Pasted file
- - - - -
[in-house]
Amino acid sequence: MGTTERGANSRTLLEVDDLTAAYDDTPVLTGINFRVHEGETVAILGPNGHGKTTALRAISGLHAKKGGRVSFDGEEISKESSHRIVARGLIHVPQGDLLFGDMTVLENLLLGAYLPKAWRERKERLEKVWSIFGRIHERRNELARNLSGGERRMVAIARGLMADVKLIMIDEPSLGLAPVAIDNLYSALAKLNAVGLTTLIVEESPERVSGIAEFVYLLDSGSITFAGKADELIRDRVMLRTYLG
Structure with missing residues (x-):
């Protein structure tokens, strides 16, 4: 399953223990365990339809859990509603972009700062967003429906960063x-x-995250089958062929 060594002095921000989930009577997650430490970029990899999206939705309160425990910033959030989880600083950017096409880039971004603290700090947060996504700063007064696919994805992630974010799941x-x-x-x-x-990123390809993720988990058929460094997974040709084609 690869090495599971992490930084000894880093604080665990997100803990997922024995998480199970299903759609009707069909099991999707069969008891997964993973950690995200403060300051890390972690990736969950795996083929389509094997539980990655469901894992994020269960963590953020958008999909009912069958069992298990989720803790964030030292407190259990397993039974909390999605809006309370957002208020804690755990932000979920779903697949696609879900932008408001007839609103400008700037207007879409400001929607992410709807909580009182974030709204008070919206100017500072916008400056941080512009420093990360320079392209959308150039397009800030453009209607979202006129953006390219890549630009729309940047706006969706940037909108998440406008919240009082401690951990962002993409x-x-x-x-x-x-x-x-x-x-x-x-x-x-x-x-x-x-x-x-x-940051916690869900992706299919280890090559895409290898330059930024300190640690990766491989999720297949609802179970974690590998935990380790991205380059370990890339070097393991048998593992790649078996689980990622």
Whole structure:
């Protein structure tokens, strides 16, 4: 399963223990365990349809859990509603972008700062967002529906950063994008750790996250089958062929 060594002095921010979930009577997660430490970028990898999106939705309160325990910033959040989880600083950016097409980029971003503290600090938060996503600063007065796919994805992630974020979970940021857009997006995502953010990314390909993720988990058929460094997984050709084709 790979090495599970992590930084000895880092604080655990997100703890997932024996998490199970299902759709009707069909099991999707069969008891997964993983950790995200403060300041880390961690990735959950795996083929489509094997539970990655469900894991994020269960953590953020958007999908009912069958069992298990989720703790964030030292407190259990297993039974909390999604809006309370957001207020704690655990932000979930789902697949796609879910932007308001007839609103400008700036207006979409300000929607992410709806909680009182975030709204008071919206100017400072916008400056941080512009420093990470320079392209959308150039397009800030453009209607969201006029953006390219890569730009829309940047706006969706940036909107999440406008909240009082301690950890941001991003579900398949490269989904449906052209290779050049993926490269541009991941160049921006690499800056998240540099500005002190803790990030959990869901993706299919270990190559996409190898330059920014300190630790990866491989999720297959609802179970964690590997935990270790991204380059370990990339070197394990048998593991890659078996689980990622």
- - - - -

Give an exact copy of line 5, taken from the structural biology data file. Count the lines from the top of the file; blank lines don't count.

Whole structure: